WASHINGTON – Two senators sponsoring legislation aimed at forcing China to revalue its currency said Thursday they would hold off pressing for a vote at the urging of Federal Reserve Chairman Alan Greenspan (search) and Treasury Secretary John Snow (search).
Sens. Charles Schumer (search), D-N.Y., and Lindsey Graham, R-S.C., announced the delay after meeting with Greenspan and Snow at the Capitol. The lawmakers said they had received indications from the officials that the Chinese were on the verge of moving voluntarily to a new currency system.
U.S. manufacturers contend that China's practice of linking its currency to the dollar has undervalued the yuan (search) by as much as 40 percent, making Chinese goods cheaper in America and U.S. products more expensive in China.
The proposed legislation would impose across-the-board penalty tariffs of 27.5 percent on goods imported from China.
Schumer told reporters after meeting with Snow and Greenspan that "they have convinced us that the likelihood of real progress with China on currency valuation is very real and could very well occur in a very short while, in the next few months."
Schumer said that because of these assurances, he and Graham had agreed with Senate leaders to delay a vote until at least September.
The senators said that would give both countries time to negotiate further on the currency issue.
Graham said Greenspan had convinced him that China was likely to act because it would be in the best interests of the Chinese economy. Beijing could face serious inflation pressures from the amount of money China is spending to keep its currency from rising in value against the dollar.
"By showing flexibility by delaying this vote, we are hopeful that the progress we have seen so far will continue and we will get a resolution that is a win-win for both countries," Graham said.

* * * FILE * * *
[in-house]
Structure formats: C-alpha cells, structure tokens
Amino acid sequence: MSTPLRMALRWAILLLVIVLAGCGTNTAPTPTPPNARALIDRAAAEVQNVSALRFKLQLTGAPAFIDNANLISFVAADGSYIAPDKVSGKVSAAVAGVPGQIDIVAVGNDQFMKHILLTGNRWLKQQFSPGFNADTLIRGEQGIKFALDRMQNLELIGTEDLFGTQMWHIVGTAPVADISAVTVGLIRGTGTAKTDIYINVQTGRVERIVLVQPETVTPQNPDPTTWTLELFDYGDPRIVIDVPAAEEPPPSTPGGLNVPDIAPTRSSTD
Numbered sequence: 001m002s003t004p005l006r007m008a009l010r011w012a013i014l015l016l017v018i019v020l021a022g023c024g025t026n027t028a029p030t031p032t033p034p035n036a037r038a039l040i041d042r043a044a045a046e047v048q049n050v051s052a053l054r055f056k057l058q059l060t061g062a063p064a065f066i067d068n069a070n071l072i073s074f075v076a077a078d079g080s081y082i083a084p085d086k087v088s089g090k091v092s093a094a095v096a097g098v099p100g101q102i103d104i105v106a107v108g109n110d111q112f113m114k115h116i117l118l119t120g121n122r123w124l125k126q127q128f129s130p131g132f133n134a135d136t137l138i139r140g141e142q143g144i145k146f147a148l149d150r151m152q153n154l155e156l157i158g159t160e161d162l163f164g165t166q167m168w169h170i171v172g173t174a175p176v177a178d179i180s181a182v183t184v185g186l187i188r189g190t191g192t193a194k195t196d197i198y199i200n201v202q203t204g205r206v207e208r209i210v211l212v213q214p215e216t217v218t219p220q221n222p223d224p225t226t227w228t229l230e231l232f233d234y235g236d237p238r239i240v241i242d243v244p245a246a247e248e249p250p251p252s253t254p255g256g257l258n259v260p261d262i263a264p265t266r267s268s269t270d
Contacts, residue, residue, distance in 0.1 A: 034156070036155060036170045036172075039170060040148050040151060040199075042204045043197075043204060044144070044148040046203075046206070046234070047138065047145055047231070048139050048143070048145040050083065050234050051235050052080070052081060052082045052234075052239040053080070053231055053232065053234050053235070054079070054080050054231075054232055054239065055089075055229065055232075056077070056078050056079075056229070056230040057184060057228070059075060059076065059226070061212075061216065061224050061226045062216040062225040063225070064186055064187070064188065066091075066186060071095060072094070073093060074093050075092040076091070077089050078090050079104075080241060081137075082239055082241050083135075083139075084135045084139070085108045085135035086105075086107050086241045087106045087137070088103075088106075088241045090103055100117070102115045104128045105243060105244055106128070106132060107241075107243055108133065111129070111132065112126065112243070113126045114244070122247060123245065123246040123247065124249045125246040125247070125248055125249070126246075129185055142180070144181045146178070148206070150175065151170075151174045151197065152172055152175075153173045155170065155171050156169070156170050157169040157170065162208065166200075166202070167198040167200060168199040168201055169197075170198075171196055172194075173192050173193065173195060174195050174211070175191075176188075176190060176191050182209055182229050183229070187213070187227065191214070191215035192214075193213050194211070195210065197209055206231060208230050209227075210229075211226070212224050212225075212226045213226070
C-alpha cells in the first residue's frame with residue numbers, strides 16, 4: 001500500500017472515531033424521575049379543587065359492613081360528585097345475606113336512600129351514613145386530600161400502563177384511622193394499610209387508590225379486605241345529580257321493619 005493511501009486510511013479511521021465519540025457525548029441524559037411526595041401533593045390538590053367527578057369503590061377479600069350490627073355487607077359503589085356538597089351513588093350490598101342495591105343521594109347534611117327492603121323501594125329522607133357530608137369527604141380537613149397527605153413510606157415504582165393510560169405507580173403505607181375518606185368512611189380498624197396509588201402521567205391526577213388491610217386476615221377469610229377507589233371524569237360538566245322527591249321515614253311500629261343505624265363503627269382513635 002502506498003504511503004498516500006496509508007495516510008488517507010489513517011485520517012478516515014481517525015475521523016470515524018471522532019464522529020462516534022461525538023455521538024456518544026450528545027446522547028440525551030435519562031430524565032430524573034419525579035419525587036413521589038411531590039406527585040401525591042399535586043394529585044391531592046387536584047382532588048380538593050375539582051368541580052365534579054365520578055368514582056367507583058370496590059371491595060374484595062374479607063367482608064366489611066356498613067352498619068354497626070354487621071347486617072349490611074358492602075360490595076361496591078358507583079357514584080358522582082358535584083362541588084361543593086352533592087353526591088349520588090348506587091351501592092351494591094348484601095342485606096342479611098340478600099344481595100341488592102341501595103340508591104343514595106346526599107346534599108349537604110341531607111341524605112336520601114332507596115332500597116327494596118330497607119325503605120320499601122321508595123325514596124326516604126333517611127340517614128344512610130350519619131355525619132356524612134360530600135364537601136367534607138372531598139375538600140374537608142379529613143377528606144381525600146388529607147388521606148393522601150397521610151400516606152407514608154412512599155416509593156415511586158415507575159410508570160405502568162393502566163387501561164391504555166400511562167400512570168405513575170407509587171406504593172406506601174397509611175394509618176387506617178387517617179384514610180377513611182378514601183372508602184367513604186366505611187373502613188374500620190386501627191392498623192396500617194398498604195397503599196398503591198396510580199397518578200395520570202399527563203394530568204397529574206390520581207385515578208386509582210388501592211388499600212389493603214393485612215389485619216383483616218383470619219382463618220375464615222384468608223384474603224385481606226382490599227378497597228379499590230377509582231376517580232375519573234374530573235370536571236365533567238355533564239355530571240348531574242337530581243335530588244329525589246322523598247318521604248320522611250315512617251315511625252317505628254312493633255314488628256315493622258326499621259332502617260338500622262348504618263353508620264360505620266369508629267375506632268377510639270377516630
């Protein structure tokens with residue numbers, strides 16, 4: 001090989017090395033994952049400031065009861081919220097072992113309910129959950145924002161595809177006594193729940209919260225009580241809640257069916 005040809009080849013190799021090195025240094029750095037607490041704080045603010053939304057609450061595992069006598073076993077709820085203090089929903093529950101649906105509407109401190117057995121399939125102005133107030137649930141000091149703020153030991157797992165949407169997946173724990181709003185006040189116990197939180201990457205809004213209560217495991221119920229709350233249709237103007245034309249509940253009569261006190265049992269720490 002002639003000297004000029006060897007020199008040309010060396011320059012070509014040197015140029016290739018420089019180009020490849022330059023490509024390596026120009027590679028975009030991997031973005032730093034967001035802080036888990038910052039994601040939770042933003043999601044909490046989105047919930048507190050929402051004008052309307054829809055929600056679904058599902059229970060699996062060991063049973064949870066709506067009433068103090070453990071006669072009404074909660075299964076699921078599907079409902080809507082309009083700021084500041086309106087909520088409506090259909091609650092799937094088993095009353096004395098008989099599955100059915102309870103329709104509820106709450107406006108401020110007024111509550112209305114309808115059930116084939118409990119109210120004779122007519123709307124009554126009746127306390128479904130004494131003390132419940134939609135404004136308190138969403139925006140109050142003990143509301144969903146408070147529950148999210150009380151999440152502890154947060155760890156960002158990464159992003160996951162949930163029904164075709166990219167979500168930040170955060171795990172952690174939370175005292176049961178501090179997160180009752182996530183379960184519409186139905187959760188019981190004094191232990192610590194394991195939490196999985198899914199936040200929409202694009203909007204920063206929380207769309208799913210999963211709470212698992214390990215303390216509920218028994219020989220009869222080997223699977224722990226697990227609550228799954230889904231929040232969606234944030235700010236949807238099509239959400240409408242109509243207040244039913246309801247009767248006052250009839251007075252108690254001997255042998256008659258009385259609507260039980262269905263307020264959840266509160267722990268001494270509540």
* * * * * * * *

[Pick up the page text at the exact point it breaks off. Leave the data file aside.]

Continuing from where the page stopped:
Greenspan and Snow did not talk to reporters after the meeting, but Snow issued a statement thanking the lawmakers for agreeing to delay.
"I believe that our longstanding efforts are beginning to come to fruition, and we are making progress toward achieving this goal" of a more flexible Chinese currency, Snow said.
U.S. business groups also applauded the delay. John Engler, president of the National Association of Manufacturers, said his organization supports the "agreement because it boosts the prospects for Chinese action by October."
Tracy Mullin, president of the National Retail Federation, said the delay would save American consumers "from the potentially destructive effects of a 27.5 percent tax on consumer goods."
Last week, Greenspan told the Senate Finance Committee that new tariff penalties on Chinese goods would save few if any U.S. jobs while punishing American consumers. Imports from Asia, Latin America and elsewhere, he said, would replace the Chinese products shut out from the U.S. market.
The Schumer-Graham legislation began attracting a good deal of notice after it gained 67 votes — two-thirds of the Senate — on a test vote this year.
After that, the administration took a tougher line, saying China had taken all the steps necessary and could move immediately to a more flexible currency system.
Snow has said if China does not act by October, the administration probably would brand it a "currency manipulator" in a report sent twice a year to Congress on currency practices.
Chinese officials insist they must take more steps so their financial system can withstand the volatility that such a change would bring.
Most experts believe China will not move to a free floating currency, in which the value is set by financial markets. Instead, they predict an interim step, such as linking the yuan to a marketbasket of currencies.